Been running the device in bridge mode for quite some time now and was able to access it just fine at the 192.168.100.1 address to check logs. LAN is 192.168.1.0/24. Running pfSense and no changes have been made in months but all of a sudden a few weeks ago, I can no longer access the CODA.
If I run a persistent ping, it will succeed every 50th time or so. Also every now and then, I am able to get to the login screen for the CODA but no further. So it has SOME access, but not enough to login completely.
I swapped modems multiple times, the issue kept coming back, the latest firmware is the worst and the issue occurred with minutes of rebooting the modem instead of a week with the previous version. Rogers won’t fix it when they want to move all customers off cable, Ignite doesn’t use the Horton modem.
Running firmware version 22.214.171.124, I don't have any problems logging into 192.168.100.1. Don't know why others have such a problem with that. LAN Up Time is 056 days 06h:07m:30s
If you're running any blockers on your web browsers, check to see if they are potentially responsible for any access problems.
Hopefully you don't one day run into some firmware issue with the XB6 that Rogers will never fix lol
Sometimes it's kind of like where I'd rather have the problem I know instead of the problem I don't know.
Then again, it's possible the CODA could end up having even more problems eventually anyway.
Same here. I was told I'd in fact get FTTH if I signed up to Ignite (didn't :P). Since I'm on Ignite now though I've got the new modem. Works relatively fine with wireless shut off (old Hitron firmware used to still run wifi signals even when you shut wifi off), and also works well in Bridge mode. GUI still accessible days later.
Doesn't seem right to have to "upgrade" to a more expensive package, for a modem they charge the same rental fee for, just to get a modem that works properly.
Same here. Login in bridge mode had been working for the past few months for me (after upgrade to FW 126.96.36.199) so I thought it was fixed. Now I can't login even after a reboot. Something has changed in the last couple of weeks. Modem, speeds, etc. seem to continue to work without issue.
We are running the Rogers business cable internet service with a device CODA 4582 behind our router, connected with a static WAN IP from Rogers as well. Router's WAN configured static IP, gateway and DNS were supported by Rogers. LAN was assigned a fixed IP 192.168.0.x, which DHCP was disabled cuz we employed another domain DHCP server. Not sure CODA's working mode and guess that should be the bridge mode. However I can not access the CODA via 192.168.100.1. I also tried to ping 192.168.100.1 from the Router or PC with no luck. When connect PC to CODA Lan port directly, just gets IP 169.254.x.x... Like to know is that possible to access Web-UI of CODA in this scenario? Thanks in advanced.
I have interesting information, I was tempted to not share my findings but ultimately I must do it for the greater good.
Recently I've been having multiple daily modem disconnects, a subcontractor tech came out and said I had 600 flaps (and my neighbors have 40 indicating there could be an issue in my area) which is a ton (back in 2017 I "only" had 120 which was 10x what my neighbors had). No corrosion in the connectors at the outside demarc or at the tap, the connector heads were last replaced in 2017 and still look pretty new as far as I can tell. We ended up switching out my CODA 4582U with a brand new CODA 4582U - I think it's a new hardware revision, but anyways, that's irrelevant. Ultimately, I found a workaround for the default gateway web UI in bridge mode - I think it might work on all CODA 4582Us not just my new one. If it stops working for me after I receive a firmware update after I've shared this workaround, I think it's fairly safe to assume that something nefarious is going on and Rogers (or their firmware provider if they don't write the firmware themselves) might be intentionally breaking the web UI in bridged mode. Let's hope that doesn't happen and that my workaround lasts indefinitely.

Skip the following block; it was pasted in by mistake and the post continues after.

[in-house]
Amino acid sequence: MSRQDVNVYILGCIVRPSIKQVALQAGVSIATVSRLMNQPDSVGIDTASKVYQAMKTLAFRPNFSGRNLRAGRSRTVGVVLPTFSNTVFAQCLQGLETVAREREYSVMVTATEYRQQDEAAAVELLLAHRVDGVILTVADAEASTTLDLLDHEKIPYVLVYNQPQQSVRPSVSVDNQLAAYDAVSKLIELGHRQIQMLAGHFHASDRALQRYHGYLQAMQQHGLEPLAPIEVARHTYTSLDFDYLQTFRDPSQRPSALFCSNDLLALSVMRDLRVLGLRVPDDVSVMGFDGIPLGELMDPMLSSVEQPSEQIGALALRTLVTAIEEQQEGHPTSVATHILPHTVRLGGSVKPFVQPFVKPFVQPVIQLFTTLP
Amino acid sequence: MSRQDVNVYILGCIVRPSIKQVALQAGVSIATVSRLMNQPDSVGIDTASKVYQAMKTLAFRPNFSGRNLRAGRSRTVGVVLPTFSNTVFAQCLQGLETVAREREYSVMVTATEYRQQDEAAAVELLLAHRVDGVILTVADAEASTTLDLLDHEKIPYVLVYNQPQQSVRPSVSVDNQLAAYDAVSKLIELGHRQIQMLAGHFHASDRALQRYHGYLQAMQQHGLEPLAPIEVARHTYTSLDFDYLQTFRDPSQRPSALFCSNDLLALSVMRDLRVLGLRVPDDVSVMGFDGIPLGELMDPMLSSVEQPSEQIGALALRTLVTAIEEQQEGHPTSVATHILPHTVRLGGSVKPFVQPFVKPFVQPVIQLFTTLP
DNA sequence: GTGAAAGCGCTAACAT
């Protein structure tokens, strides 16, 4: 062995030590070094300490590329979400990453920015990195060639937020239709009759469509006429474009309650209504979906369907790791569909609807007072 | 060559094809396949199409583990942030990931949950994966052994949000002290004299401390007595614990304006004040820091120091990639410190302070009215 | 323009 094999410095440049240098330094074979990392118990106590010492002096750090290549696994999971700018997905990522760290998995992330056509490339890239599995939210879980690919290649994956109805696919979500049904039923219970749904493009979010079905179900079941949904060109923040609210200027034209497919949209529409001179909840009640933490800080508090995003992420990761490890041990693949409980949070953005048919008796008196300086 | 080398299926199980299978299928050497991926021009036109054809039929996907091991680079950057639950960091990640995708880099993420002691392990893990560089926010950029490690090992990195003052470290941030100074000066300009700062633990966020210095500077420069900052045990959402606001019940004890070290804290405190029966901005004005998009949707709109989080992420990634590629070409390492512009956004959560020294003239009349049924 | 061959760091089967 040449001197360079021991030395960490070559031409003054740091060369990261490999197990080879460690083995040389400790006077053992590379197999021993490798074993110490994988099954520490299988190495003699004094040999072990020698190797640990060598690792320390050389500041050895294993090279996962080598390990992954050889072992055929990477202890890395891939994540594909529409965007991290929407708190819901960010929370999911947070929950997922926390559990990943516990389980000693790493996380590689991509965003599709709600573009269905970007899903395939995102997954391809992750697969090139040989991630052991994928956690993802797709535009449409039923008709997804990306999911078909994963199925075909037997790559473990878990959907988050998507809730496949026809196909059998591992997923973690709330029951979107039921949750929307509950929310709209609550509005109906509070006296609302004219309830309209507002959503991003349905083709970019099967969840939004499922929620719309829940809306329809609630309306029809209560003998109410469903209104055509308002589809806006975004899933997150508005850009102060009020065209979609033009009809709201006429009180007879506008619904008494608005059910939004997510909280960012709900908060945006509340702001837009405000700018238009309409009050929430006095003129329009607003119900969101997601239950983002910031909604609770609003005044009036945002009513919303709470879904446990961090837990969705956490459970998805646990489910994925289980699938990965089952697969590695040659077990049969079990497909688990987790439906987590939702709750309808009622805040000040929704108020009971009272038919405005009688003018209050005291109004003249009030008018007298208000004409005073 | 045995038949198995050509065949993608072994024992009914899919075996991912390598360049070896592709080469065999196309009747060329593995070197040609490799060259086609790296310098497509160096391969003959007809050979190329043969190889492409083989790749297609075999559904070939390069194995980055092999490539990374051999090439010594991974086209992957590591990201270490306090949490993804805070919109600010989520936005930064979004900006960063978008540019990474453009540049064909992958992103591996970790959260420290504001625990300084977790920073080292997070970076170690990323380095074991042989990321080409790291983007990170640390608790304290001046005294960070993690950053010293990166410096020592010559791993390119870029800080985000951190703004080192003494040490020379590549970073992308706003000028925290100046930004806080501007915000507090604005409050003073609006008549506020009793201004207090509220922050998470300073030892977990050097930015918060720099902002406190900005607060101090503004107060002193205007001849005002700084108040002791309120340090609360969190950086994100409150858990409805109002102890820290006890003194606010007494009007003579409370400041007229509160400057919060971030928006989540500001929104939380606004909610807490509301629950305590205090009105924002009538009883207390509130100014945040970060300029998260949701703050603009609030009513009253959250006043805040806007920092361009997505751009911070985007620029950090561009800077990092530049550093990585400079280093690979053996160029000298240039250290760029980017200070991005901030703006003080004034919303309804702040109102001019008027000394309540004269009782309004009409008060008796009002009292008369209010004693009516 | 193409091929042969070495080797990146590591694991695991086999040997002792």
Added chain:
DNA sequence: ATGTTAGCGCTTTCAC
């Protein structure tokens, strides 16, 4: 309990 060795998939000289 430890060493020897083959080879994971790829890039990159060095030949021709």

With that said, let's get on to my findings. This is the really interesting and helpful part:
I plugged my work laptop running Linux (Ubuntu 18.04 LTS with Xfce 4.12 but distro shouldn't matter) into the second port of my modem (port shouldn't really matter) and noticed I received a 192.168.0.x IP via DHCP and I could ping 192.168.0.1 - however I couldn't access the web UI via 192.168.0.1. In the network manager, I went to IPv4 settings and added an additional address: 192.168.1.100 /24 with default gateway 192.168.100.1. After this, I was able to access the web UI like normal by going to 192.168.100.1 in my web browser. I did try just setting a single static IP of 192.168.100.1 without having any 192.168.0.x IP, but I wasn't able to access the web UI - I needed both IPs to access the web UI. I can't really remember how IP addressing works in Windows but something similar should be possible I believe.
It's worth noting you need to be directly connected to the modem, not your router, in order to access the web UI. However, it's still a decent workaround for now. I'm interested in seeing if it works for all of you.